Outside, in the wind, leaves were falling past the windows. Leaves were landing on the tin roof and sliding down, and Claire shifted and looked out the window. She seemed to Robert to move with a memory of dance.
She still had the pheasants in her arms. She turned again and led Jack and Robert out of the dining room, into the main yard outside, and toward the house. There, she insisted on cleaning the new birds. The men sat at the table, and she hummed and sang a German song as she worked.
Jack shifted in his chair and massaged his thighs. Robert had never seen him admit pain in front of a stranger. Jack had told him that Cecelia massaged his legs when they were hurting, and Robert had thought, Just you wait, enjoy it now, because it’s not going to last.
Robert let out a small gasp and sought to push the terror back, the lovelessness. Claire continued her song. It was a psalm or a hymn, utterly beautiful and peaceful.
“What does it mean?” Robert asked. “What are you singing?”
“It’s the ‘Morning Song,’ ” Claire said. She had finished the birds. She looked euphoric, aglow. She said, “The sun rises. It is glorious. For this I give thanks, O Lord. The sun is glorious. Your will is glorious. Humble me and teach me to do your will. Your will is the morning sunlight, your will is glorious, your work is glorious, teach me to love you. Don’t let a moment lie idle, alleluia. Teach me, teach me glory. Thank you for the loving morning, so we may work. Amen.”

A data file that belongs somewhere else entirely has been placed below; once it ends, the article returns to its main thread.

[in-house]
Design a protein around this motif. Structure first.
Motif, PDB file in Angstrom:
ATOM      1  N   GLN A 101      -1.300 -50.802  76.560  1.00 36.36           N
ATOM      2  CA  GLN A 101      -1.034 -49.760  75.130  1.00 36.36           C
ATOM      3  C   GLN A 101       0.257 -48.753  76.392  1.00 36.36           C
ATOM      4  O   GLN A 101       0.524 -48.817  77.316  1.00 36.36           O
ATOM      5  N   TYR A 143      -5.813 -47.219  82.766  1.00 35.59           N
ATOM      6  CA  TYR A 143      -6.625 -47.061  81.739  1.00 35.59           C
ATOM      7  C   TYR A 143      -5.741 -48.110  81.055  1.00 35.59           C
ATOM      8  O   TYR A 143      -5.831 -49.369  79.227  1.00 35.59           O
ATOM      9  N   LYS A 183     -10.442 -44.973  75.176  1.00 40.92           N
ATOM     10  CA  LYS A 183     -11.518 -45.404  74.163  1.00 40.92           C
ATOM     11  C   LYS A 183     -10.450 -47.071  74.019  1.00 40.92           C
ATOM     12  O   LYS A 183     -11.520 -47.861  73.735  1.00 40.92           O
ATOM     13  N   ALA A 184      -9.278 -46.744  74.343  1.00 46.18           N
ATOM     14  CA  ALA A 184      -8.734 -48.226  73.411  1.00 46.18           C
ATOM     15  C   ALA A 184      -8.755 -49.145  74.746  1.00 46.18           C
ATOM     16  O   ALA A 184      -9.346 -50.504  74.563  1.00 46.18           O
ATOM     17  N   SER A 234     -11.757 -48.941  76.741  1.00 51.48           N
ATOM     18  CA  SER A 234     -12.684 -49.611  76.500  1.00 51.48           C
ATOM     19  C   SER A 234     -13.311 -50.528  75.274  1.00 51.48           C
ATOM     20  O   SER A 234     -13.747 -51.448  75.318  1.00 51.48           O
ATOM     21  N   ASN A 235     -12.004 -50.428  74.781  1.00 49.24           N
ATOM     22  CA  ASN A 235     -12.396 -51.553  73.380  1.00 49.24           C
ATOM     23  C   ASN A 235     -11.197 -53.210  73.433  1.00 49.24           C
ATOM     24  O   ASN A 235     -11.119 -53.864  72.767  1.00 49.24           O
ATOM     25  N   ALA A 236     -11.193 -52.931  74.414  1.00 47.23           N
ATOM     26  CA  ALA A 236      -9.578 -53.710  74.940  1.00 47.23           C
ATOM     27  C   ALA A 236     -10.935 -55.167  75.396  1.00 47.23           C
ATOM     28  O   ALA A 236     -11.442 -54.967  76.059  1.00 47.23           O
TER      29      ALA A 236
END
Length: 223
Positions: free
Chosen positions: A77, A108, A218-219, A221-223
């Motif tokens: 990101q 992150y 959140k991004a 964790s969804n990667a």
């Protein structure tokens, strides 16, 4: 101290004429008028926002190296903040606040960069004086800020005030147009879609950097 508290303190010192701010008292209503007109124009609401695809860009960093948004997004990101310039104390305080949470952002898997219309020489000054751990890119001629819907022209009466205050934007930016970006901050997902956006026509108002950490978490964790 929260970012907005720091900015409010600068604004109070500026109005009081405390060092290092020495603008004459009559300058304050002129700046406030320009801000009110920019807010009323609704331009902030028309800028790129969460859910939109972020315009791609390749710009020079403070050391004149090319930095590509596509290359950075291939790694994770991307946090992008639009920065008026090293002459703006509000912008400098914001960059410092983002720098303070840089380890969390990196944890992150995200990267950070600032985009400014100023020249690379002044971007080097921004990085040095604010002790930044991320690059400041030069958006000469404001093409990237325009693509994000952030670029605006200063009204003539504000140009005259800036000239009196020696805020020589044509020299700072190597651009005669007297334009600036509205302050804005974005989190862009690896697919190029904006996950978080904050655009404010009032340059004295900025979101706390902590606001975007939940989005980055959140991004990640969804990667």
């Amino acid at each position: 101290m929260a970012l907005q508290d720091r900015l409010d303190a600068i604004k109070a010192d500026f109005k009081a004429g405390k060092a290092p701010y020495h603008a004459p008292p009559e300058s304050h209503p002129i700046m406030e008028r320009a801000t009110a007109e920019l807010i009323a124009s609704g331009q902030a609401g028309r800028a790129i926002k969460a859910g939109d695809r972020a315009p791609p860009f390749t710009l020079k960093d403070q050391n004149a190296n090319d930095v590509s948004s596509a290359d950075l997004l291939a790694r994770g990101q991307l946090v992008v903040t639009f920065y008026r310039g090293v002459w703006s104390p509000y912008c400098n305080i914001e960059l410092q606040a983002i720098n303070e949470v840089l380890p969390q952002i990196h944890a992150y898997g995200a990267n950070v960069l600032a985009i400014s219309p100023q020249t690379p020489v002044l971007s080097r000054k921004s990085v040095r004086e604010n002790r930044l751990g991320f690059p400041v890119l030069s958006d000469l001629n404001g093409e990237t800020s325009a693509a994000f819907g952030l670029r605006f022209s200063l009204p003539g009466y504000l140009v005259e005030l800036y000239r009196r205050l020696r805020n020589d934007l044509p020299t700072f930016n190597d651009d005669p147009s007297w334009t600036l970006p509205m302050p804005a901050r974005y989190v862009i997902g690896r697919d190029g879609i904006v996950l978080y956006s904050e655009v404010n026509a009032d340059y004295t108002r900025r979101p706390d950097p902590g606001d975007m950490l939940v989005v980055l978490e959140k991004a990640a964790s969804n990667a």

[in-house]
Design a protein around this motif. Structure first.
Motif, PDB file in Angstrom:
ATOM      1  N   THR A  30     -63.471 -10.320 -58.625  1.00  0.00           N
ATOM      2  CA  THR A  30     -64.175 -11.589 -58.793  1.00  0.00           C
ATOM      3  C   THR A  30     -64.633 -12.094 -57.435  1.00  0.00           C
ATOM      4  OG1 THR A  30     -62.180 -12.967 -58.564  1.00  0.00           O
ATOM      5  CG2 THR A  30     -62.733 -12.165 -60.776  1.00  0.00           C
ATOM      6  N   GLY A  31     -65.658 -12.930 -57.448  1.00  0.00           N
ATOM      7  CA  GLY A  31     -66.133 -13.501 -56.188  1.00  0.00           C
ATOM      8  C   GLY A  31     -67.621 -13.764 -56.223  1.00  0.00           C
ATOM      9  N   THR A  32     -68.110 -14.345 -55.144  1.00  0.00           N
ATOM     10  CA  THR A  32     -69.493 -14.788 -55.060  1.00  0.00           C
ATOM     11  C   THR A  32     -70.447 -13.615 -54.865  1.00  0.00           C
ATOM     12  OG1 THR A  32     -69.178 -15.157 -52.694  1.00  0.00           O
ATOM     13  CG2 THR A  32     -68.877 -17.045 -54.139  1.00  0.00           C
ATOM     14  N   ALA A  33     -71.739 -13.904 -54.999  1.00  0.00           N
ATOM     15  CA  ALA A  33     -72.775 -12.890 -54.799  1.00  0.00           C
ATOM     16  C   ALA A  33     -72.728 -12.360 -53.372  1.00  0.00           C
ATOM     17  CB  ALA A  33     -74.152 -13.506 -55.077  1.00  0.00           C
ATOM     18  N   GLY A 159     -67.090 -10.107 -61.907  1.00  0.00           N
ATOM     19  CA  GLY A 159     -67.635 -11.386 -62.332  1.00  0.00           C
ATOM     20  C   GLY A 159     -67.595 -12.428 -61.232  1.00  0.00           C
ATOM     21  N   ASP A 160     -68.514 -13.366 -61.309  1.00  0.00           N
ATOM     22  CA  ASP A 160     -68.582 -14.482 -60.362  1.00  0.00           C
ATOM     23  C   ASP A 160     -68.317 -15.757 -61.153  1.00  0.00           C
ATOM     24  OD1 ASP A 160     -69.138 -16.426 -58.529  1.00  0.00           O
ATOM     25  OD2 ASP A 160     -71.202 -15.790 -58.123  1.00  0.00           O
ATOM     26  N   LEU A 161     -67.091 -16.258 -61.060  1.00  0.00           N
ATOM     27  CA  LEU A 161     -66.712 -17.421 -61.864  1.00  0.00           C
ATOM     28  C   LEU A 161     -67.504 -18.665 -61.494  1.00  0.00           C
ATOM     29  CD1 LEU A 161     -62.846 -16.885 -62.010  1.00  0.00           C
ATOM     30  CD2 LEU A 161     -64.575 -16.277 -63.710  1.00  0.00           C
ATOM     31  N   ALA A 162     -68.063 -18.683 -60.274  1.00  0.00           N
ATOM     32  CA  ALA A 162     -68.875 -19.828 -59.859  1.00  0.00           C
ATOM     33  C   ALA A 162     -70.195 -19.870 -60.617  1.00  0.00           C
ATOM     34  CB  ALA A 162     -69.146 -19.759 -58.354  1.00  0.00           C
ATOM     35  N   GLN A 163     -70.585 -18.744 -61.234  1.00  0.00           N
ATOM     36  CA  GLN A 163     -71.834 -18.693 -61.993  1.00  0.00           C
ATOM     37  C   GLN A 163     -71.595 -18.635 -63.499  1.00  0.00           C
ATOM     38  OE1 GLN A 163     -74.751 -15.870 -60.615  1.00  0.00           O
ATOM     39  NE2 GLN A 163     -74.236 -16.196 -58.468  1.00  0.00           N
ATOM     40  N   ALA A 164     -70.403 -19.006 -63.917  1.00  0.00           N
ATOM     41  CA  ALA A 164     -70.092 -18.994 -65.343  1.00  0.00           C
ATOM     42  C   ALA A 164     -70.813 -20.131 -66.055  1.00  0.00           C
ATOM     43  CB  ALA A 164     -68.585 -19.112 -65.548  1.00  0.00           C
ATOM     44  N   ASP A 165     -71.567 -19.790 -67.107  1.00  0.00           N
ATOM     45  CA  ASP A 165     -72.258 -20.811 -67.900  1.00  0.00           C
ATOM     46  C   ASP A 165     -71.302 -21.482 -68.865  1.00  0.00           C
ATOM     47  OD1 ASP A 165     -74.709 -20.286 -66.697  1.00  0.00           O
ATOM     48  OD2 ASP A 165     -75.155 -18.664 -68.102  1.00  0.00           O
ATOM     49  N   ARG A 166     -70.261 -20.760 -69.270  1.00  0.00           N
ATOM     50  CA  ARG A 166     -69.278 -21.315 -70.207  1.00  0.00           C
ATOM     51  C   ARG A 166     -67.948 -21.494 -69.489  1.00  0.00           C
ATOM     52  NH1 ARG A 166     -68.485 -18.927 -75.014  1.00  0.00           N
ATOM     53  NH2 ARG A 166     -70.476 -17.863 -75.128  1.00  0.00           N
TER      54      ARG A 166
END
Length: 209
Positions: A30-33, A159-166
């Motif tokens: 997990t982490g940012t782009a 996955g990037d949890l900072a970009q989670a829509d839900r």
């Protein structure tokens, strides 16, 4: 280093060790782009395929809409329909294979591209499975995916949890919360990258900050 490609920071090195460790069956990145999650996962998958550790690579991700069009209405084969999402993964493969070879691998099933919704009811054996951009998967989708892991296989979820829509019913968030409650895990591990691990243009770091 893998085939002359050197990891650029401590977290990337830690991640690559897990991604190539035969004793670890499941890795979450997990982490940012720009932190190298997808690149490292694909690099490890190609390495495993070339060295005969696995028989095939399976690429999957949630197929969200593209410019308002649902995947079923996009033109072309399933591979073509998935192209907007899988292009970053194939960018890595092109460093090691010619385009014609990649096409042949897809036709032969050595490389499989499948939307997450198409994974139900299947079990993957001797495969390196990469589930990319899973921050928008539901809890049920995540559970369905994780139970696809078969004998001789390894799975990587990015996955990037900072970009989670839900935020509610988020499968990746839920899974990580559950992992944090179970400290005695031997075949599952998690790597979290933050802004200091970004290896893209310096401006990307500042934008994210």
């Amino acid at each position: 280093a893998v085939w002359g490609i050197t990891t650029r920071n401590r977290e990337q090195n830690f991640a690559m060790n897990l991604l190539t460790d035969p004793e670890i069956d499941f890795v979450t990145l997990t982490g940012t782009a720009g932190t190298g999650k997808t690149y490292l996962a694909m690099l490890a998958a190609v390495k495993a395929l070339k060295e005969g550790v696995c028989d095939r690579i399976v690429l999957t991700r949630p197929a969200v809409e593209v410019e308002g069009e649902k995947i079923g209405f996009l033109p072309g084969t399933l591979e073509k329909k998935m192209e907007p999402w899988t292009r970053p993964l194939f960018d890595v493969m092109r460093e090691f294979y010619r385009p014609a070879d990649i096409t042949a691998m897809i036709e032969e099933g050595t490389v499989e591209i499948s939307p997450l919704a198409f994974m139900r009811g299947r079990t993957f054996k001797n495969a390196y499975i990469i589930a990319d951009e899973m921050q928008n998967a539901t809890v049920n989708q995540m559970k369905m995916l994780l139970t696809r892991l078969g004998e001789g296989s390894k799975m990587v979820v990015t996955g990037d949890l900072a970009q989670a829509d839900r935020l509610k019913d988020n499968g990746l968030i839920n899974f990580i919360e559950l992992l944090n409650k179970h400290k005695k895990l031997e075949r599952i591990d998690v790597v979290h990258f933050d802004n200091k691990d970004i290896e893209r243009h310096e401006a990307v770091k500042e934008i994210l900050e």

Jack glanced at his watch. “You sing it all day?”
Claire smiled. “It was my aunt’s song. She made it up. She used to sing it first thing every morning. I like to sing it all day. She died two weeks ago. She was a beautiful singer. I sing it now. It reminds me of her. She was too young,” Claire said.
“She was only fifty-six.”
“What did she die of ?” Jack asked.
Claire shrugged, drying her hands on a dish towel. “I don’t know,” she said. “She got real small and tired, and then she died.”
“The words are so much prettier in their own language,” Robert said. “The sound of them, I mean.” Claire nodded and repeated the words in German, speaking them slowly.
“We teach it to the children in school,” she said proudly. “It helps them learn the language. Ours is a dialect, and a mix of languages, unknown anywhere else in the world.” The pheasants had finished draining in the sink, and she wrapped them in freezer paper and labeled them with the date. She put them in a sack. Her eyes were shining, and Robert thought she was seeing through and beyond her visitors, seeing God in them, and that was why she smiled.